The Golden Compass by Philip Pullman
Updated: Jul 12, 2020
Hello fellow bookworms! By purchasing books through Bookshop links in this post, not only are you helping local bookstores, but you’re helping Behind the Pages as well! I earn a small commission when you purchase books through the affiliate links. Thank you for your help and dedication!
In the world of The Golden Compass, every human has a daemon. They are an extension of a person’s soul. Whatever a daemon feels, their human feels as well. Lyra and her daemon Pan spend their days wandering around Oxford college, listening to the Scholars when they choose and wandering the streets to play with other children. Always ready for another adventure, Lyra is excited to learn she will be traveling North with Mrs. Coulter. Until she learns the horrible truth of what happens in the North. Her journey becomes a race to save her friends and family. Along the way, she will learn the bitter truth about betrayal and dark ambitions.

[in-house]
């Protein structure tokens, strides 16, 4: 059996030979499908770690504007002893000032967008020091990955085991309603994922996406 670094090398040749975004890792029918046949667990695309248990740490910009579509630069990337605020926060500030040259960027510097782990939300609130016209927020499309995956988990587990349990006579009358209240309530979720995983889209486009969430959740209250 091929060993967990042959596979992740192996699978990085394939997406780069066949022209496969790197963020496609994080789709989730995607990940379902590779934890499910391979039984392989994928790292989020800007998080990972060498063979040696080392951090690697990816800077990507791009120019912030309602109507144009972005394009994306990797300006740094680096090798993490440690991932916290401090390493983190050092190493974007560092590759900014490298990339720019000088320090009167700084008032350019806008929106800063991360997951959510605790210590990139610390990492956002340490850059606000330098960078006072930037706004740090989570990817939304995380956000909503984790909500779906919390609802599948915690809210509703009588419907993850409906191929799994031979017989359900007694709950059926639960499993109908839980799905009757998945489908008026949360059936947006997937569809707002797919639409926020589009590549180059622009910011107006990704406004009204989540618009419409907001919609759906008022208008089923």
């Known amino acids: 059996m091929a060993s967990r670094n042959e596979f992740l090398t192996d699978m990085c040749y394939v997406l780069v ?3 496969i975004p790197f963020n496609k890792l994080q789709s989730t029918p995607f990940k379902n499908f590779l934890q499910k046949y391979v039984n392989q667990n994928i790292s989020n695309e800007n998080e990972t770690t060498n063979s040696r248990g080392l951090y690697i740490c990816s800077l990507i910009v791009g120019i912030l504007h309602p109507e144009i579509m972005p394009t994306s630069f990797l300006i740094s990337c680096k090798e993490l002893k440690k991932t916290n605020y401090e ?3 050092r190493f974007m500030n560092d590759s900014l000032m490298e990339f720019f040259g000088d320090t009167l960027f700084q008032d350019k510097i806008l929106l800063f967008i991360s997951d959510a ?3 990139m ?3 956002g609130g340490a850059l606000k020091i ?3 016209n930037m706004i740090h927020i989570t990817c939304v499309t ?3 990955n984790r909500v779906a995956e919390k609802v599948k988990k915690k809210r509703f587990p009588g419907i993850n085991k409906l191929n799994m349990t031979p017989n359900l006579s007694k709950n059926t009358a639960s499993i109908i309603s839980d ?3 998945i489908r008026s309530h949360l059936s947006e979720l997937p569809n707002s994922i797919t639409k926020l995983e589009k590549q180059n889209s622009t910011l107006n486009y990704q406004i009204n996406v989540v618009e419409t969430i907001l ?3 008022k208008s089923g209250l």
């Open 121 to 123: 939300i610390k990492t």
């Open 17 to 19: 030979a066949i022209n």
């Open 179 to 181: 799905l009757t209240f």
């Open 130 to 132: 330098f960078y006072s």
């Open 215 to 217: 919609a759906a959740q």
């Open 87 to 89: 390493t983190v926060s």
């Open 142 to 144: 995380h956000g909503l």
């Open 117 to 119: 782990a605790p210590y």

The Golden Compass is one of those books that stays with you. I first read this ten years ago, and I have never forgotten the elegant writing style or the gripping story of Lyra as she tries to save those she cares about. Lyra is a girl with a rabid imagination, able to spin a tale at the drop of a hat and entrance whatever audience she has, including the reader. Phillip Pullman has woven together a vivid display of cultures and philosophical theories into one enchanting tale.
I know there are people who refer to this book as religious, or political. Being someone who doesn’t necessarily follow organized religion, or politics, the details that some readers pick up on that revolve on religion or politics simply are beyond me. To me, this was an intricate fantasy tale that I found entertaining from start to finish. Yes, when Iorek and the bears are introduced it mentions Christianity, but I just took it as another piece of world-building. I have never read beyond the first book, so perhaps I will pick up more on these themes as I continue to read.
All or part of this review may be used in marketing, we only ask that you reference Behind the Pages if you choose to do so.
Help support local bookstores by purchasing a copy through Bookshop.